If sharp visuals and higher frame rate are huge factors in your enjoyment, then you’re better off playing L.A. Noire on PS4 and Xbox One, which sport added bells and whistles that elevate the game’s performance. But if you’re charmed by the idea of experiencing it portably, then L.A. Noire on Switch comes recommended. It may not work the best under pressure, but it’s well worth replaying or experiencing for the first time on Nintendo’s convertible console.
The whole idea of remaking a murder mystery, especially one of the most popular murder mysteries ever made, is inherently fraught with peril. After all, a lot of people in the audience already know âwhodunnitâ, either because they’ve read it, seen it, or heard about it through good old-fashioned cultural osmosis.
So it was exceptionally smart to get Kenneth Branagh to remake Murder on the Orient Express. The director of Henry V, Much Ado About Nothing and Hamlet has built his whole reputation on re-staging classic tales that had already been re-staged thousands of times. He knows that the trick to making another Murder on the Orient Express isn’t to keep us guessing. Agatha Christie’s impeccable story does all of that heavy lifting for him. The trick is to film the hell out of an ensemble cast of incredible actors, each of them putting their own spin on a timeless classic, and to have a grand old time doing it.
It’s unfortunate that the capstone episode to Telltale’s overall great Guardians adaptation ended up being one of the most inconsistent. It feels like half of an epic finale in too big of a box, surrounded by those foam packing peanuts that you’re just going to throw away. The emotional high notes in Episode 5: Don’t Stop Believin’ ring loud and clear, but between them are valleys of underwhelming and sometimes confusing character writing.
It’s very difficult to talk about this episode without giving any kind of spoilers, though I’ll do my best to be cagey. My biggest criticism is how the inevitable âgetting the band back togetherâ was handled. At the end of Episode 4, the Guardians were on the skids, having all gone their separate ways due to seemingly irreconcilable differences. Episode 5 opens with two of the deserters walking immediately back into the room they had just left, deciding not to quit after all. They were gone for probably all of 30 seconds in the continuity of the series, making their departure feel largely meaningless.
4K monitors have gone through a bit of a slow burn in terms of wide acceptance. Sure, no one can deny the jaw-dropping beauty of an image presented in a resolution four-times larger than 1080p, but high prices and a dearth of media content had previously kept many from taking the 4K plunge.
Thankfully, prices have come down significantly in the last year and 4K gaming is very much a mainstream reality in the era of consoles like PlayStation 4 Pro and Xbox One X and cheaper-than-ever PC GPUs. TheÂ ViewSonicÂ XG2700-4K (See it on Amazon) is still going to take a hefty chunk from the old wallet at almost $600, but this gorgeous 3840 x 2160 screen is a solid, near future-proof investment-particularly if you’re using an AMD graphics card and can takeÂ advantage of its FreeSyncÂ compatibility.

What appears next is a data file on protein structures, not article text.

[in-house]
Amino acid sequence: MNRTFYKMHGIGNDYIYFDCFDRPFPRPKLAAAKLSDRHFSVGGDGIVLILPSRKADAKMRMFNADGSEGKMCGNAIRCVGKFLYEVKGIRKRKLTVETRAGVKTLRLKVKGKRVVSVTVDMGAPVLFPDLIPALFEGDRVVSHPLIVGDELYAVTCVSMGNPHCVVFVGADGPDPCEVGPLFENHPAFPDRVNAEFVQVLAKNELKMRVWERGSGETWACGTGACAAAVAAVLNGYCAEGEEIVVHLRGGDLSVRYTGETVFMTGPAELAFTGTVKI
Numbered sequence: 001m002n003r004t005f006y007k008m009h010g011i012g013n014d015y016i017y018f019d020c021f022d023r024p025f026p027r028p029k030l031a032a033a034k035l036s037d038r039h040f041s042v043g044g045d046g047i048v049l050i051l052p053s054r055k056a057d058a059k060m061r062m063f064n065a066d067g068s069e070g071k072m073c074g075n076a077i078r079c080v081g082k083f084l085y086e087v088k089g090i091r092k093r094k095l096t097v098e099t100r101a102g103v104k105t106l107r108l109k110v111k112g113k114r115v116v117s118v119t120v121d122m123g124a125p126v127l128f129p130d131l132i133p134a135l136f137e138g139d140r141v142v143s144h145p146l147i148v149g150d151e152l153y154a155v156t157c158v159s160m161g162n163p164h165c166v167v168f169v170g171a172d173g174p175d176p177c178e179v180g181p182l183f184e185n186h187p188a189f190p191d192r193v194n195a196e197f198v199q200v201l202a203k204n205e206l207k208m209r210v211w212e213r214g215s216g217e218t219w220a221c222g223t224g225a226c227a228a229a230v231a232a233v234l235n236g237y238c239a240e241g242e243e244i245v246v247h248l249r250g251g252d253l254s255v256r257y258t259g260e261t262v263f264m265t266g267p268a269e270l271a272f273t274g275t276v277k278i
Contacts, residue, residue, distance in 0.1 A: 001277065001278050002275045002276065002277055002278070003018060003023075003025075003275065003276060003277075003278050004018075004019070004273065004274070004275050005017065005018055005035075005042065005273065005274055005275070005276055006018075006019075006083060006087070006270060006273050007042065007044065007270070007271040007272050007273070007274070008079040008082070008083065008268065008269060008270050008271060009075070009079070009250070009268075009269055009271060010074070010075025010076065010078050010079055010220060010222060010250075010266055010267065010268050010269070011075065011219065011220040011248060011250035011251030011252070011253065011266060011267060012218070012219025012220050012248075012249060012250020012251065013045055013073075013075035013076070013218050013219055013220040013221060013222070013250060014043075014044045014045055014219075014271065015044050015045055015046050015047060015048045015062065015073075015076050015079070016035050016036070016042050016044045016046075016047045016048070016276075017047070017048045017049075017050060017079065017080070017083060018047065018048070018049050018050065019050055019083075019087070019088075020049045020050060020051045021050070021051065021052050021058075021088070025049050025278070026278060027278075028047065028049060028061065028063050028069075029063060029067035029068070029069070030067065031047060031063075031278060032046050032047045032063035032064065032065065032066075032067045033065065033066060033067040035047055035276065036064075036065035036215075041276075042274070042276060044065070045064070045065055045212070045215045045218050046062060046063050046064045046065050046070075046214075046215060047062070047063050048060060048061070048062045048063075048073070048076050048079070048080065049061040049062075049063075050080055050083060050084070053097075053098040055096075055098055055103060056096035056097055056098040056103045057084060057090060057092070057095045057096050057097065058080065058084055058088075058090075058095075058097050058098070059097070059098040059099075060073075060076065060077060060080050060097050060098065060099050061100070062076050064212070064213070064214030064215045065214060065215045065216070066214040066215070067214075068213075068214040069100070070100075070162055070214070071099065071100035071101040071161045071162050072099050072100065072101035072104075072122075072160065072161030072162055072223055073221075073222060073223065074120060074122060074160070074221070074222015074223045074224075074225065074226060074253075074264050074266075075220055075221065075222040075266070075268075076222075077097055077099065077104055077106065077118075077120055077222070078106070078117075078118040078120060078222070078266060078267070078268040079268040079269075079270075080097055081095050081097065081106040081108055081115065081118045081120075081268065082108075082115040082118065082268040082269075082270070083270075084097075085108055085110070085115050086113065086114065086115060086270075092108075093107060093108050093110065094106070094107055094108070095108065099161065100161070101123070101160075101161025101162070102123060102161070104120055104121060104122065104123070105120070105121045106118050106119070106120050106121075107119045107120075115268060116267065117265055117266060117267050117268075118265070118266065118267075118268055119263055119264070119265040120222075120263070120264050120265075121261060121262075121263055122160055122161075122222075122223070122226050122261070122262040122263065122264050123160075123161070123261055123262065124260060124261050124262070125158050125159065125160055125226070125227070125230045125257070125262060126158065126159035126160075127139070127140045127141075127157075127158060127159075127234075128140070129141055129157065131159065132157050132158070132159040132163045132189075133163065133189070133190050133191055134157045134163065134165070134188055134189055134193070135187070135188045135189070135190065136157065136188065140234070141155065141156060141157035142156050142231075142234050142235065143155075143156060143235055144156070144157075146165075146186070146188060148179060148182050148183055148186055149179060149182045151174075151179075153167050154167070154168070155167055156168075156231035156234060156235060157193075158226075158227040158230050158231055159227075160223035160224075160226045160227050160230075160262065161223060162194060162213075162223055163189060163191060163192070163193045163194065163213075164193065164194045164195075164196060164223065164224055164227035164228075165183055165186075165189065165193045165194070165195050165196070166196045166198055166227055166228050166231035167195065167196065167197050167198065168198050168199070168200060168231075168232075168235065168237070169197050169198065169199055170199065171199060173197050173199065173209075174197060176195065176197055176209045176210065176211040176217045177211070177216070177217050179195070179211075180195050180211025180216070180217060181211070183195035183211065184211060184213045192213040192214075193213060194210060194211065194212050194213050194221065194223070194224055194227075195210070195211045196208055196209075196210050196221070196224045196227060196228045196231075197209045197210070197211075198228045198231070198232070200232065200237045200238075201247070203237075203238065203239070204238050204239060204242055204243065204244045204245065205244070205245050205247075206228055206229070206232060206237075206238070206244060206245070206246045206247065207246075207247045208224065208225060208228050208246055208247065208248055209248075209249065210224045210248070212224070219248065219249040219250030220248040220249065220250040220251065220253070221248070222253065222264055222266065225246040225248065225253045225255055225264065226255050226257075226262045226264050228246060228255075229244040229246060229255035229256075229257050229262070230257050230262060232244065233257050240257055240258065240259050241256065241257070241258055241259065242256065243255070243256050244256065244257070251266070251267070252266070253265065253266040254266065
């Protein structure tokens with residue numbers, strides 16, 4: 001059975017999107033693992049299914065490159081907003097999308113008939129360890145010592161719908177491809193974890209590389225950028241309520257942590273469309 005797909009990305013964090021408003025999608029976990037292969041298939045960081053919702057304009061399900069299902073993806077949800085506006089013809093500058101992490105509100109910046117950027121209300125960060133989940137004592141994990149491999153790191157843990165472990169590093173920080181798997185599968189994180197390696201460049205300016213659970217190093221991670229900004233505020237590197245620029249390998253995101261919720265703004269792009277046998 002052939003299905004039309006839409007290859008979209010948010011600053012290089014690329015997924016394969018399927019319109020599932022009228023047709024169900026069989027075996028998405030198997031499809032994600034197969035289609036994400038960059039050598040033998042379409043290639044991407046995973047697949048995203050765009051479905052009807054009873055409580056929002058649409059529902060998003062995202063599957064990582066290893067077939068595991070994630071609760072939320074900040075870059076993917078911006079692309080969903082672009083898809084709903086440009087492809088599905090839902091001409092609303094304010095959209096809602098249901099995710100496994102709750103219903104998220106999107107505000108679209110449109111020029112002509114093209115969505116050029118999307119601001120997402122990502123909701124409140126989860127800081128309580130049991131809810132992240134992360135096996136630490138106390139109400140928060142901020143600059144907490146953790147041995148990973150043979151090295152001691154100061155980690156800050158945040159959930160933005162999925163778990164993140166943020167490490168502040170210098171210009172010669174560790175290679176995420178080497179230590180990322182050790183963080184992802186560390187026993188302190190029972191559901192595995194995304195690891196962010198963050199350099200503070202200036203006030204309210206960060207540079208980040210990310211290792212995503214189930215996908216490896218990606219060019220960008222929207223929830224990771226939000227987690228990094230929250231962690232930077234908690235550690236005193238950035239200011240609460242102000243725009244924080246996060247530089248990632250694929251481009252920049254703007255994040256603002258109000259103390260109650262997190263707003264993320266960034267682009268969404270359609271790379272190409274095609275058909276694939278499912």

Will Ferrell and Mark Wahlberg are back and they brought the devil with them in Daddy’s Home 2, a simplistic and mean-spirited sequel to a simplistic and mean-spirited original.
The Daddy’s Home movies take place in a cruel universe where the basic concept of men having feelings is considered inherently ridiculous, and bullying men into behaving like bullies is considered family-friendly entertainment. In the first film, Brad, played by Will Ferrell, was the sensitive stepfather to children whose birth father, Dusty, played by Mark Wahlberg, was more conventionally macho. You could set an analogue watch to the plot of the first Daddy’s Home, which ended as it had to, with everybody learning a valuable lesson about why being a jerk is a bad thingâ¦ a lesson completely undermined by the rest of these films, which – again – are based on the fundamental premise that reveling in meanness is both funny and appropriate for kids.
When you bring up “difficult games,” the first thing that comes to mind for many Japanese players isn’t Dark Souls, but the NES game Spelunker, thanks to the many ridiculous ways that the game’s hero can die very, very easily. This notoriety has given Spelunker a cult following big enough for developer Tozai Games and publisher Square-Enix to reimagine it on modern platforms–while implementing all the little idiosyncrasies that made Spelunker so infamous in the first place.
The game follows Spelunker, Spelunkette, and companions as they travel to the depths of the earth in search of a mysterious energy source that’s causing strange events across the globe. You and up to four friends, either on- or offline, go exploring in stages filled with hazards large and small (though size doesn’t really matter when everything kills you). These stages are divided up into several smaller sections, and everyone playing needs to reach the end of one section before they can move on to the next. Oftentimes, this involves collecting multiple colored keys to open doors blocking the way to the section gates. Other collectibles are scattered around the stages as well: Bombs and flares add to your ammo supply, gold lets you use various in-game features like excavating for items, and Litho-stones contain pieces of new gear that can boost the heroes’ stats and level up with use.